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Do not resuscitate

County supervisors must close King-Harbor permanently, completely and unalterably.

August 15, 2007

Members of the Los Angeles County Board of Supervisors this week expressed disappointment, anger and frustration over the failure of the hospital complex once known as Martin Luther King Jr.-Charles Drew Medical Center. Each of those feelings is appropriate, but they merely soften the emotion that must lurk underneath, or at least ought to: shame.

Leaders of the largest county in the nation, and one of the richest in talent, resources and history, demonstrated conclusively that they lacked the capacity to effectively channel resources to the people of southern Los Angeles County. King-Drew, now known as Martin Luther King Jr.-Harbor Hospital, culminated years of ineptitude, reorganization, retraining and supposedly fresh starts with a federal evaluation so abysmal that it not only accompanies final revocation of Medicare funding, but it also shocks even the casual reader of the fatal report.

Just walking into the building, inspectors saw that patients were in immediate jeopardy. Further probing showed that staff failed to track records, properly mix medicine and sterilize equipment. At a time when the hospital should have been most on its toes, with staff well aware that they were being evaluated for the quality of care they delivered, a patient notoriously was left writhing on the floor for nearly an hour while nurses ignored her and a custodian swept up around her dying body. Others were left misdiagnosed, untreated or abused.

Five years ago, these same five elected supervisors -- Gloria Molina, Yvonne B. Burke, Zev Yaroslavsky, Don Knabe and Michael Antonovich -- were forced, finally, to come to grips with the horror that was MacLaren Children's Center, supposedly a short-term county shelter for foster children but actually a publicly owned and operated human warehouse where unwanted youth were physically and psychologically abused over months or even years. Under pressure of a lawsuit, the supervisors closed MacLaren, then breathed a sigh of relief that it was gone. They knew the culture that enveloped the center and the people who worked there could not be broken. No one ever suggested reopening the place. Today, no one misses it.

Yet the county supervisors, perhaps unable to confront the depth of their failure at King-Harbor, appear even now to lack the honesty to actually close the hospital as they closed MacLaren. They instead play games with the very definition of "to close." Half the staff of 1,600 remains on-site, on the job, at outpatient clinics and an urgent care center. Capacity to perform surgery is being expanded. Closure is "temporary." A private purchaser will actually be a county "partner." In a year to 18 months, the supervisors continue to insist, King-Drew will be back in full, and perhaps deadly, force.

The prospect is chilling. Anyone tempted to cheer the survival and promised return to full service of the hospital fails to grasp its depressing history of fresh starts and last chances. Virtually everything the supervisors discussed publicly on Monday with Dr. Bruce Chernof, director of county health services, has been tried and mishandled. Reevaluate every employee? Done. Sweep out management and put the hospital under the wing of a successful medical center, such as Harbor-UCLA? Done. Close this department or that department to give the hospital breathing room to get its act together? Done. Shrink the emergency room? Hire management consultants? Search for a private operator? Done -- followed by more needless patient deaths and injuries.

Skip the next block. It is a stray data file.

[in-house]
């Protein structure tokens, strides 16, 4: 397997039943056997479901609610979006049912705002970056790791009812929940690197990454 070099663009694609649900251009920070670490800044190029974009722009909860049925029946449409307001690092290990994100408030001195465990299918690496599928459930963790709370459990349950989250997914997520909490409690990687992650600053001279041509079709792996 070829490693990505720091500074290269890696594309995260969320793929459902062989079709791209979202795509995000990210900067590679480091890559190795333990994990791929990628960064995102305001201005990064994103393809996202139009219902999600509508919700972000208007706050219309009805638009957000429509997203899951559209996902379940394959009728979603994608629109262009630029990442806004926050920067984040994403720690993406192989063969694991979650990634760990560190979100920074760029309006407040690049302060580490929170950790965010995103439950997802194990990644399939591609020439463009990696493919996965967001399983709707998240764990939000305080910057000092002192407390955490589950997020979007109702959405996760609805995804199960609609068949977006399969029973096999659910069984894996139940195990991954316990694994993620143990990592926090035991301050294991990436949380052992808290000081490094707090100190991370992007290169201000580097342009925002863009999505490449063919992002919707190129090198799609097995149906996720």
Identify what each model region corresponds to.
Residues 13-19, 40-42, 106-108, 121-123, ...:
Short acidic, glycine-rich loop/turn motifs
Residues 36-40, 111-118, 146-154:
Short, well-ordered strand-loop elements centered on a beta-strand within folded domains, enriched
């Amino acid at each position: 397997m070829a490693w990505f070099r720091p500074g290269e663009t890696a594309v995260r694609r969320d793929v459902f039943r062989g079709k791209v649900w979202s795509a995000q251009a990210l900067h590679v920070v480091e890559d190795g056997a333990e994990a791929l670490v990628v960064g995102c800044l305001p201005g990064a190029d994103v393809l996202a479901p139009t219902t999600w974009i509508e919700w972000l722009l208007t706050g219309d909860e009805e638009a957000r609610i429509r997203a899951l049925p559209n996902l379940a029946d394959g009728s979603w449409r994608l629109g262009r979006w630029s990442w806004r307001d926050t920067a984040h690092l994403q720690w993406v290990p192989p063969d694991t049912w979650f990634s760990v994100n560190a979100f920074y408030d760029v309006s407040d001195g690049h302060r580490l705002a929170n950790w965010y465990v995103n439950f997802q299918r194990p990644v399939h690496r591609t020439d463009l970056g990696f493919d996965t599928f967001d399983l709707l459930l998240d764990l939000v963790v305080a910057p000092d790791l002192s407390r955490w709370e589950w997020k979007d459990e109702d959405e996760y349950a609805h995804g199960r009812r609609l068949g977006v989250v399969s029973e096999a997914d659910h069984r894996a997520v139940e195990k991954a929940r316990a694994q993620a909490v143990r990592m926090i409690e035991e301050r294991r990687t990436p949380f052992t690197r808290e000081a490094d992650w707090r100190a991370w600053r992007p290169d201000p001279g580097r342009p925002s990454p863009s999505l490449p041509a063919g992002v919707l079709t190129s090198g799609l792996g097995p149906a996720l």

More than one supervisor said that, this time, it "must be done right." Those words are cruel darts thrown at the families of patients who died after the last time, or the time before, supervisors purportedly overhauled the hospital. Did it not need to be done right before?

At a time when the hospital should have been providing badly needed medical service to millions of residents, the people who run the place -- executives, managers, doctors, nurses -- were instead trying to cope with, and in many cases helping to breed, a culture of entitlement and dysfunction. It is painful to say it, but the truth is that preserving an African American-run institution took precedence over providing competent care. The interests of staff came before the needs of patients.

Not everyone who worked there carries some kind of contagious "poison," to use Molina's term. But there is a type of poison that runs through the veins of the institution. The corrosive culture that thrived in the hospital must die. The hospital must close -- permanently, completely and unalterably. Staff members, if they again pass their reevaluations and go through retraining, must be dispersed throughout the county health system -- where they must be carefully watched. They must become the responsibility of all five supervisors. Fairness to employees is important, but not as important as the safety and well-being of patients.

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